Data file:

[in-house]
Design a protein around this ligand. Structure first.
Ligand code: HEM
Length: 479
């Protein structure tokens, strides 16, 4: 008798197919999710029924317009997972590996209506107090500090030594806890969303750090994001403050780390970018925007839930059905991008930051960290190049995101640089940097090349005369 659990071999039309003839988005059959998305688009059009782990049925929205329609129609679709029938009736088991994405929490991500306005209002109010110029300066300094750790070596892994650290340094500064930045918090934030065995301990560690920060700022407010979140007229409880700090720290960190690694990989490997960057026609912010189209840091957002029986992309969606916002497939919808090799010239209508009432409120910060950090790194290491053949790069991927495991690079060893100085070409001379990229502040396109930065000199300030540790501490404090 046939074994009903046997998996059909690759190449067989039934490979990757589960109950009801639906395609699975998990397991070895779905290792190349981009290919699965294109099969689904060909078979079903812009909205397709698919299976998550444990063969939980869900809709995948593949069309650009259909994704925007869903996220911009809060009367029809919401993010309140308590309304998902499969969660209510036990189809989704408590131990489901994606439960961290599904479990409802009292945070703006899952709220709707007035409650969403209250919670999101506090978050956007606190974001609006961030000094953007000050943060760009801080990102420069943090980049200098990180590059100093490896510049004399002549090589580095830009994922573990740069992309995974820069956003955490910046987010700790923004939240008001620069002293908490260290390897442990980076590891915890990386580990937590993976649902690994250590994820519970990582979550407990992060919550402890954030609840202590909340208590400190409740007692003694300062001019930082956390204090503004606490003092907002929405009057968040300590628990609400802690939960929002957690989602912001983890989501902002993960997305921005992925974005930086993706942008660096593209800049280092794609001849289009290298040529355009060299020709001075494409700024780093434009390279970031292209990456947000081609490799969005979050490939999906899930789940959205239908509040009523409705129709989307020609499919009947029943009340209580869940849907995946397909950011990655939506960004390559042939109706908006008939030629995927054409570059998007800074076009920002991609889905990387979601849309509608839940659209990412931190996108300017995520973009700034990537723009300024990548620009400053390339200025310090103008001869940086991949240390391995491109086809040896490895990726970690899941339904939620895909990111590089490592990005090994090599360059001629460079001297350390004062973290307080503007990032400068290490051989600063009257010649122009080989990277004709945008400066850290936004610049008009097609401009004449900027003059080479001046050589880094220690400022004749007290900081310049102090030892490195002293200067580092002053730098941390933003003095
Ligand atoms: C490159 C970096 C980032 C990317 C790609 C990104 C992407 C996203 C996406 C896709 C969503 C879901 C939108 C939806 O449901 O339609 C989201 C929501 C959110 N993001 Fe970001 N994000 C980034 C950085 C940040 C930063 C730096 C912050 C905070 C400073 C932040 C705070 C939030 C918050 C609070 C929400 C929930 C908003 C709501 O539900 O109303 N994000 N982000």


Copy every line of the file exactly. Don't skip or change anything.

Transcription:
[in-house]
Design a protein around this ligand. Structure first.
Ligand code: HEM
Length: 479
């Protein structure tokens, strides 16, 4: 008798197919999710029924317009997972590996209506107090500090030594806890969303750090994001403050780390970018925007839930059905991008930051960290190049995101640089940097090349005369 659990071999039309003839988005059959998305688009059009782990049925929205329609129609679709029938009736088991994405929490991500306005209002109010110029300066300094750790070596892994650290340094500064930045918090934030065995301990560690920060700022407010979140007229409880700090720290960190690694990989490997960057026609912010189209840091957002029986992309969606916002497939919808090799010239209508009432409120910060950090790194290491053949790069991927495991690079060893100085070409001379990229502040396109930065000199300030540790501490404090 046939074994009903046997998996059909690759190449067989039934490979990757589960109950009801639906395609699975998990397991070895779905290792190349981009290919699965294109099969689904060909078979079903812009909205397709698919299976998550444990063969939980869900809709995948593949069309650009259909994704925007869903996220911009809060009367029809919401993010309140308590309304998902499969969660209510036990189809989704408590131990489901994606439960961290599904479990409802009292945070703006899952709220709707007035409650969403209250919670999101506090978050956007606190974001609006961030000094953007000050943060760009801080990102420069943090980049200098990180590059100093490896510049004399002549090589580095830009994922573990740069992309995974820069956003955490910046987010700790923004939240008001620069002293908490260290390897442990980076590891915890990386580990937590993976649902690994250590994820519970990582979550407990992060919550402890954030609840202590909340208590400190409740007692003694300062001019930082956390204090503004606490003092907002929405009057968040300590628990609400802690939960929002957690989602912001983890989501902002993960997305921005992925974005930086993706942008660096593209800049280092794609001849289009290298040529355009060299020709001075494409700024780093434009390279970031292209990456947000081609490799969005979050490939999906899930789940959205239908509040009523409705129709989307020609499919009947029943009340209580869940849907995946397909950011990655939506960004390559042939109706908006008939030629995927054409570059998007800074076009920002991609889905990387979601849309509608839940659209990412931190996108300017995520973009700034990537723009300024990548620009400053390339200025310090103008001869940086991949240390391995491109086809040896490895990726970690899941339904939620895909990111590089490592990005090994090599360059001629460079001297350390004062973290307080503007990032400068290490051989600063009257010649122009080989990277004709945008400066850290936004610049008009097609401009004449900027003059080479001046050589880094220690400022004749007290900081310049102090030892490195002293200067580092002053730098941390933003003095
Ligand atoms: C490159 C970096 C980032 C990317 C790609 C990104 C992407 C996203 C996406 C896709 C969503 C879901 C939108 C939806 O449901 O339609 C989201 C929501 C959110 N993001 Fe970001 N994000 C980034 C950085 C940040 C930063 C730096 C912050 C905070 C400073 C932040 C705070 C939030 C918050 C609070 C929400 C929930 C908003 C709501 O539900 O109303 N994000 N982000």